Paramount Pictures

‘Ghost Town’ (2008)

In Ghost Town, Gervais' Bertram Pincus answers the great question: What if someone could make contact with the other side…and that person happened to be a grouchy prick? Notable mainly for being his first leading role in a feature film, Gervais add a healthy dose of acid to an otherwise fairly standard rom-com also starring Tea Leoni and Greg Kinnear. 

Sam Urdank/Warner Bros. Pictures

‘The Invention of Lying’ (2009)

Not even a sweet, shockingly believable love story with Jennifer Garner can scrub any of the black of the humor in Invention, in which Gervais' Mark Bellison realizes the human capacity to deceive…and promptly invents religion. 

‘Sesame Street’/’The Muppets’ (2009/2011)

Despite being someone who consistently embodies jerks, Gervais made an appearance on Sesame Street and embraced his warm, faux-furry side…up to a point. "Do you know what necrophilia is?" Gervais asks Elmo in the show's outtakes, before warning the little red puppet that certain topics are off-limits: drugs, child abuse, the Holocaust. The fact that Gervais shares an identical laugh with the Sesame star is just icing on the cake. Gervais will also guest star in the new Muppet movie, where hopefully they can keep some of his dirty riffing on camera.

Giles Keyte

‘Cemetery Junction’ (2010)

Though billed as a comedy, Gervais's Cemetery Junction – which he wrote – is in reality a solid little drama about teens coming of age in Reading, England in the Seventies. Co-written with Stephen Merchant, Cemetery was dismissed by some as the efforts of a comedy trying to "get serious," but nonetheless showcased Gervais' ability to venture far afield from just the snide or the silly.

FX

‘Louie’ (2010)

Gervais at his most charmingly abrasive is the just the asshole to flesh out Louis C.K.'s universe of shame. In the third episode of the show's first amazing season, Gervais as Dr. Ben riffs on his patient's cancer ("From her vagina to her eyeballs!"), jokes that Louie has AIDS and finally introduces C.K. to the ultimate humiliation: health care. "That's the worst penis I've ever seen in my life; it's disgusting," the good doctor tells him. Watching Gervais snicker while giving Louie a rectal exam is painfully embarrassing. Just what the doctor ordered.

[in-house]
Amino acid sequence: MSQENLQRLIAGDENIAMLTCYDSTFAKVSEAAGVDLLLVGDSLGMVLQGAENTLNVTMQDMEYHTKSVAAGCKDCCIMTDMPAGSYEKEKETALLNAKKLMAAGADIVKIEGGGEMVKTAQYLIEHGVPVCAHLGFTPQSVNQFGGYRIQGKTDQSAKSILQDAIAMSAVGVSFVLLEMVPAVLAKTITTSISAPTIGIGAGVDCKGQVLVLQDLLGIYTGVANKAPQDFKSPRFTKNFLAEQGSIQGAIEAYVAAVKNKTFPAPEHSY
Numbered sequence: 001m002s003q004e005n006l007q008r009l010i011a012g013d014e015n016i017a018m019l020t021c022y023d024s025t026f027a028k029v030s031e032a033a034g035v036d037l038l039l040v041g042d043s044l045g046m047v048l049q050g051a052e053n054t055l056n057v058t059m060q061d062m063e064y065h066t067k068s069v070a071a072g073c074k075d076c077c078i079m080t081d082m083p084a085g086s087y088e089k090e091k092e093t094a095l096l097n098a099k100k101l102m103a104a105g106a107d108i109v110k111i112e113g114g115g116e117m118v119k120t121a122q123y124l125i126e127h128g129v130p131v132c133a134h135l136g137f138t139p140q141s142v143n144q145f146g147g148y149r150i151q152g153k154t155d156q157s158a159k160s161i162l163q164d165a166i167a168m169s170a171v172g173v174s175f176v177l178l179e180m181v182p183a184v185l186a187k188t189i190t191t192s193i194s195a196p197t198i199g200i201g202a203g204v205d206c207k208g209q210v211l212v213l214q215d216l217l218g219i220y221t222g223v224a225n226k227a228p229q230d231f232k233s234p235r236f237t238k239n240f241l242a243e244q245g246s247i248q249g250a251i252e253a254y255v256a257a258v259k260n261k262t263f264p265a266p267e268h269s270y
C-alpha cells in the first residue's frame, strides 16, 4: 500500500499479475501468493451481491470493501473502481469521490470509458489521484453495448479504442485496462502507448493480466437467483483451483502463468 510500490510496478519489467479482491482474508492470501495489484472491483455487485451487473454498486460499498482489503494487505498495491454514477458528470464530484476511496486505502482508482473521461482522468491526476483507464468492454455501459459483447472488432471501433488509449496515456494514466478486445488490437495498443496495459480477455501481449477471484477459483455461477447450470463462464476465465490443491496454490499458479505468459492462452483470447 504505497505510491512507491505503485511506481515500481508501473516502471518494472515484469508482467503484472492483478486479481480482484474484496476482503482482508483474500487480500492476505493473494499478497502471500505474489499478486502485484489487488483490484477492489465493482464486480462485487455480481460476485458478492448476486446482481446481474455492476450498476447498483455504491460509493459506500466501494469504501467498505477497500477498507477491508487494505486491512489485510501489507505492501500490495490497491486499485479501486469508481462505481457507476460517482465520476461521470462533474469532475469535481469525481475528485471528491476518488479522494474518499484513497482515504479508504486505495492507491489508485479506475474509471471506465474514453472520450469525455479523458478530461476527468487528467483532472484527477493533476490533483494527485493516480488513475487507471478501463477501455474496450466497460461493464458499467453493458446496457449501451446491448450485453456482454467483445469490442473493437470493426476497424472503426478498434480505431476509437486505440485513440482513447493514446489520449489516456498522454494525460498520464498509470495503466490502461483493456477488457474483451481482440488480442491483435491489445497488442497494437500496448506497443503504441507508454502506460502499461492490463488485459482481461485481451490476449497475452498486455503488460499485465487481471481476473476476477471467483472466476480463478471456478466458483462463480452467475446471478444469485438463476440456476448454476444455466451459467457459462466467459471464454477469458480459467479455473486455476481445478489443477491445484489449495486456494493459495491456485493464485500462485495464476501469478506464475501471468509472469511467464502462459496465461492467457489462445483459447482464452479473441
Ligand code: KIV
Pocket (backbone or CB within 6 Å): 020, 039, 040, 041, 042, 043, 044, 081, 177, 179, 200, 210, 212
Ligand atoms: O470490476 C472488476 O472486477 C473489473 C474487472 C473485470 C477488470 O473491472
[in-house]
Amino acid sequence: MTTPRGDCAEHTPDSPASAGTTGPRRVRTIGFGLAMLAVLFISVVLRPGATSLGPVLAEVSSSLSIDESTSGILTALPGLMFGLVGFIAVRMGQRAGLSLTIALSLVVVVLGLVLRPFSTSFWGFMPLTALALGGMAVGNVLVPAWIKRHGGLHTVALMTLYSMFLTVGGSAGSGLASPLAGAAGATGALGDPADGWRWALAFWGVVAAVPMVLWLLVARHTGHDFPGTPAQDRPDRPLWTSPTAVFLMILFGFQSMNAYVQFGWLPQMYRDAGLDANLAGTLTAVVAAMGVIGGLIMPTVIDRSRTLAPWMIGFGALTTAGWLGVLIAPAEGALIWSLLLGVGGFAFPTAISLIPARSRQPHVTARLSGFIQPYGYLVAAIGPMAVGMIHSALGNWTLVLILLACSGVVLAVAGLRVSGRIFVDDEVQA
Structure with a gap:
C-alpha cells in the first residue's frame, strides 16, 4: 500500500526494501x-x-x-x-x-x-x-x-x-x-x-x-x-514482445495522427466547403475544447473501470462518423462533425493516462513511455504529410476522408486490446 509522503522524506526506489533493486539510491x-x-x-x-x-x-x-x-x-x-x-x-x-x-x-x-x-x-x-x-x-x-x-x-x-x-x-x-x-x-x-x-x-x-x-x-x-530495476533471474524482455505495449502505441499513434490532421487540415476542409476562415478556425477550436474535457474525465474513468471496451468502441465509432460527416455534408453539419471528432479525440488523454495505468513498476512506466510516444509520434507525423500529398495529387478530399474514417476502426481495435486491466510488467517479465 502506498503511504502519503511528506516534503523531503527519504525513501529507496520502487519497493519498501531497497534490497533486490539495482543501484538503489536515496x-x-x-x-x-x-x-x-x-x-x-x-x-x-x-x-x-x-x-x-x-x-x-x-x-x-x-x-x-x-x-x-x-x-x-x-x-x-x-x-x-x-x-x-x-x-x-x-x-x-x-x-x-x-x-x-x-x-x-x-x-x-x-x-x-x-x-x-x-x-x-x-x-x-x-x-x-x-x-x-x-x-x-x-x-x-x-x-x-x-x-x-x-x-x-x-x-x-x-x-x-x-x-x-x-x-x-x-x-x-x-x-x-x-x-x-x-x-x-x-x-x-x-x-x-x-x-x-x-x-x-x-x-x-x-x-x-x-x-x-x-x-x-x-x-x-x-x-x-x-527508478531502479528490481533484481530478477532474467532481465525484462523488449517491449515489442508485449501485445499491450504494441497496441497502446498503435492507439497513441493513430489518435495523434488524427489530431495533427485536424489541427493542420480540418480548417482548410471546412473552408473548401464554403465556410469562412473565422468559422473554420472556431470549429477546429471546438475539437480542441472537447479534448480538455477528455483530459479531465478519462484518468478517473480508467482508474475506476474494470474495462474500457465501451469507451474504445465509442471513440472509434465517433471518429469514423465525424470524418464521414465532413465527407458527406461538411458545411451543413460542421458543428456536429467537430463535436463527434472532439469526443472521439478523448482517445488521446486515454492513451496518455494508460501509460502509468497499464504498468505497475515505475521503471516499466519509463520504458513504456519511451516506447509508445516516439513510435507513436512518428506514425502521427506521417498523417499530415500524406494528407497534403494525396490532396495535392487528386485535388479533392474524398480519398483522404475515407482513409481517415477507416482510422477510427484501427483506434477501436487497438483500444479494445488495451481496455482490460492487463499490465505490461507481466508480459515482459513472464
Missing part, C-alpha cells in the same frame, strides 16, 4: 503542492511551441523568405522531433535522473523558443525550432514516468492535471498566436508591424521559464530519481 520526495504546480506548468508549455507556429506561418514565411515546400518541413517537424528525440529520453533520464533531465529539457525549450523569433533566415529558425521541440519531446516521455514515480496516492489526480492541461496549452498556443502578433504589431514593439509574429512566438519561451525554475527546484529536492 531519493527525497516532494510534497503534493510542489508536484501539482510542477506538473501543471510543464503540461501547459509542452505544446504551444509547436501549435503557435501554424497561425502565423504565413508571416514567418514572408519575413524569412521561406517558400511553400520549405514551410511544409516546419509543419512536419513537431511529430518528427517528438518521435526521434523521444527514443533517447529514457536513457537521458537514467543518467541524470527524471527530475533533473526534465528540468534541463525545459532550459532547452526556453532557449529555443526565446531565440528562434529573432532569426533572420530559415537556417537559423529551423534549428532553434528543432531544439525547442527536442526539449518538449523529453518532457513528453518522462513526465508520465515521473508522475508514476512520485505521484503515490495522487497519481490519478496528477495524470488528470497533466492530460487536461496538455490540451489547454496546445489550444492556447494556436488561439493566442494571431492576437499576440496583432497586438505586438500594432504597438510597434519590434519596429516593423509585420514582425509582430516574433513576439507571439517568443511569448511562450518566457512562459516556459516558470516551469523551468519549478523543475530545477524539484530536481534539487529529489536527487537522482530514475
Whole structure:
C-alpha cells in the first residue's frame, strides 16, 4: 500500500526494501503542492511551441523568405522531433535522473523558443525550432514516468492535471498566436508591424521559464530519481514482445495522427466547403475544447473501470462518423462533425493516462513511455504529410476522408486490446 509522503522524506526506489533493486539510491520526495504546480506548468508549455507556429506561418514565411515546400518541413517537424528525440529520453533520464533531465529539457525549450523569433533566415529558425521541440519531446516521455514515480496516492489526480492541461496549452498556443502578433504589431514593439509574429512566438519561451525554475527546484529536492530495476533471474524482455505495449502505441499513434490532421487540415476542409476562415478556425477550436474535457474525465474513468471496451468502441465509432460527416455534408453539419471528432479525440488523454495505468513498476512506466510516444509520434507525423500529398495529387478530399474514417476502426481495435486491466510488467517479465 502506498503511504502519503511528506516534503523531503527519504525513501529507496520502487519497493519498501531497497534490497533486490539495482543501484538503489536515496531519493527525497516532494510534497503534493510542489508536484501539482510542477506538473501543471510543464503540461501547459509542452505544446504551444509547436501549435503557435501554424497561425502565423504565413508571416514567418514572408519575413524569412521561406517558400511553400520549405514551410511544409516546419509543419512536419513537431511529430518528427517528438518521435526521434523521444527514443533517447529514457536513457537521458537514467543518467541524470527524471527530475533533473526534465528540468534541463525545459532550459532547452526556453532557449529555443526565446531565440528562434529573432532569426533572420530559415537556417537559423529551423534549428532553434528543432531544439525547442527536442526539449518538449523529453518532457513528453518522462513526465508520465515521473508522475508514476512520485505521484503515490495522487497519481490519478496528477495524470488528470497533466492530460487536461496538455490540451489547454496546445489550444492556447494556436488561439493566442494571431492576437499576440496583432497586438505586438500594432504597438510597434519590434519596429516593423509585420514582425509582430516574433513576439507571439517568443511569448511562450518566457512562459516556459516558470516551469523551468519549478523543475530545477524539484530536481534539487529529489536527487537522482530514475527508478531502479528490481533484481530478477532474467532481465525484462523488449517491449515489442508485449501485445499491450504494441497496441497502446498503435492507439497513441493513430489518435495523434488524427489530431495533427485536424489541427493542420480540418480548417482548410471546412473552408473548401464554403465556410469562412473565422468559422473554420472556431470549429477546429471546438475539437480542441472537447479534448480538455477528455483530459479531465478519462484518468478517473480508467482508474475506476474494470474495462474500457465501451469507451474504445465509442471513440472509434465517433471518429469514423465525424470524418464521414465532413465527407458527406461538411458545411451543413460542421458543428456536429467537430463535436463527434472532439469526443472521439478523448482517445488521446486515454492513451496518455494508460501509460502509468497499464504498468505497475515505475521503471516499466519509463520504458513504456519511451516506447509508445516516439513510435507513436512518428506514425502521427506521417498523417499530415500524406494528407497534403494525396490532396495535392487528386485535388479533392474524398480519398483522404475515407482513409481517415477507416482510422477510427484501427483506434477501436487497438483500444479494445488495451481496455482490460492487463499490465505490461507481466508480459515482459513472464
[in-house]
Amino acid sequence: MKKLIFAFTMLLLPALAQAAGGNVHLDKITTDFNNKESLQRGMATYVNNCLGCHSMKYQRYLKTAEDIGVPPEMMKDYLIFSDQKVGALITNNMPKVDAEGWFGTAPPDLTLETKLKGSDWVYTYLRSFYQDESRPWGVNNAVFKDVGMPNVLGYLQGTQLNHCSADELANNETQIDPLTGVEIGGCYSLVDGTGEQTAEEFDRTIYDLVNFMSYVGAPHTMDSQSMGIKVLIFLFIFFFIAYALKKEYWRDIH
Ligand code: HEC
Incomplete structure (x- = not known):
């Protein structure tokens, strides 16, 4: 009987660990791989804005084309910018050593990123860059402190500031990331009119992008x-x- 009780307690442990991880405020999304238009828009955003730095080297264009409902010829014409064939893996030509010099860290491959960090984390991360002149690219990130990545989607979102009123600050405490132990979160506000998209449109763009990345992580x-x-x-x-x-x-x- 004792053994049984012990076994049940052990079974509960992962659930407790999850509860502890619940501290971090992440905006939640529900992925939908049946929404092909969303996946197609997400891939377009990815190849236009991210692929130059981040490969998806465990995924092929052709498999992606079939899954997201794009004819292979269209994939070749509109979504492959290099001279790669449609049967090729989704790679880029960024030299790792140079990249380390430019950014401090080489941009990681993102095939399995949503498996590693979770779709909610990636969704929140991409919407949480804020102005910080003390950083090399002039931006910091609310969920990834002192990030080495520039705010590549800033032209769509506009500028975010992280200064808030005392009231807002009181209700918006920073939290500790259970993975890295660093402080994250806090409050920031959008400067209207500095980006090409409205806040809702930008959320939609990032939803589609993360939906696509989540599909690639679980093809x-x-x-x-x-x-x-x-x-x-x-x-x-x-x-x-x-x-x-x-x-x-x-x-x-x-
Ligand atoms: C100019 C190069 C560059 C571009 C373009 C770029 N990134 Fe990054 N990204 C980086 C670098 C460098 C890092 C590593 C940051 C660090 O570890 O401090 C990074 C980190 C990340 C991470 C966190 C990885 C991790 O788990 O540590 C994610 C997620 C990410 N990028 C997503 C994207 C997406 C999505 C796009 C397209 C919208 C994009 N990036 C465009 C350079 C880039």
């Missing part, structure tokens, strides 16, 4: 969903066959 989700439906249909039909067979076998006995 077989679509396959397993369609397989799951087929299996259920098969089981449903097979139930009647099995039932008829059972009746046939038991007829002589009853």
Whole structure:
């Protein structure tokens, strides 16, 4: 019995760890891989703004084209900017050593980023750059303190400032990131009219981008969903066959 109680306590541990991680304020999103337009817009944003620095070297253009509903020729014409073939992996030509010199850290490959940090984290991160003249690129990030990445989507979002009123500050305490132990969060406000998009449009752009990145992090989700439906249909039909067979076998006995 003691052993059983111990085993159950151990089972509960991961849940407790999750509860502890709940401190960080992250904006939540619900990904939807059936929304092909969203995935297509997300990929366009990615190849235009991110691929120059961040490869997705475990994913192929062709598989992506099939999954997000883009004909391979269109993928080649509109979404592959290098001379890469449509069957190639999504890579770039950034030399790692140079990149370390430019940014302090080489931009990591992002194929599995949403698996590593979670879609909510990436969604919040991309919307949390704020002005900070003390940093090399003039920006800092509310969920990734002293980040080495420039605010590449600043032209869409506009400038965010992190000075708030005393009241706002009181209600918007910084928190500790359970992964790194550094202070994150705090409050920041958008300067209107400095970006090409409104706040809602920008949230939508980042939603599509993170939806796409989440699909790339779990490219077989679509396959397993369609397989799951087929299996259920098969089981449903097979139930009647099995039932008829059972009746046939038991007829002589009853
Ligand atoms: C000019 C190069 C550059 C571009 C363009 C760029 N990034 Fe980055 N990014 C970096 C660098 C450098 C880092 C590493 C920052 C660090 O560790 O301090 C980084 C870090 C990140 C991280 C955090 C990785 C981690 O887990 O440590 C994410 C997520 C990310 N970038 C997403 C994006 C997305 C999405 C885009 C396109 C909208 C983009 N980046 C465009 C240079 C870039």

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The Ricky Gervais Show (2010-today, Podcast: 2005-today)

The Ricky Gervais Show – which currently airs Fridays at 9 p.m. on HBO – brings to cartoon life the comedy podcast of the same name. Gervais, Stephen Merchant and fan favorite/eccentric Karl Pilkington hash out current events, riff on daily life and mercilessly make fun of Pilkington's profoundly round noggin, all while in cute, pudgy cartoon form. 

©2006FOX BROADCASTING

‘The Simpsons’ (February 20, 2011)

A little over a month after his controversial Golden Globes hosting gig, Gervais stopped by The Simpsons to play himself in "Angry Dad: The Movie" (Episode 14, Season 22), skewering his own sense of entitlement and seemingly that of Hollywood at large. "Who else in here is going to tip $10? Keith Urban? Helen Mirren? I don't think so. They don't have the common touch do they?" Gervais brags to a disinterested bartender, while nearby a "Do Not Let This Man Host" sign hangs nearby. When you see him steal back his tip, you know he means it.

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‘Life’s Too Short’ (2011)

Set to premiere later this year, Gervais's Life's Too Short is, besides a delightful pun, an observational comedy show casting Leprechaun I-V star Warwick. Featuring a cameo by Johnny Depp and a promised host of celebrity guest stars a la Extras, Life's follows Warwick as himself as he weathers the trials and travails of life as a little person. Considering Gervais is also slated to star, the show is likely to have more bite than any feel-good Little People, Big World-type program might offer up.

NBC

The American ‘Office’ (2011)

Having lived so long in their own spheres of influence, the inevitable meeting of the American Office's Michael Scott (Steve Carrell) and Gervais's David Brent went just as we'd expected: they get along swimmingly; they're two men whose raw vulnerability is the only thing that keeps them from getting punched in the mouth daily. "Comedy is a place where the mind goes to tickle itself. That's what she said!" David proclaims to Michael. Gervais will also be stopping by the season finale post-Carrell, along with Will Arnett; Gervais even revealed that David will be interviewing for Michael's position. Flying David to Pennsylvania is the perfect way to pass the mug to Dundler Miffin's new commander-in-chief, even if Gervais doesn't take up his mantle (which would actually be amazing).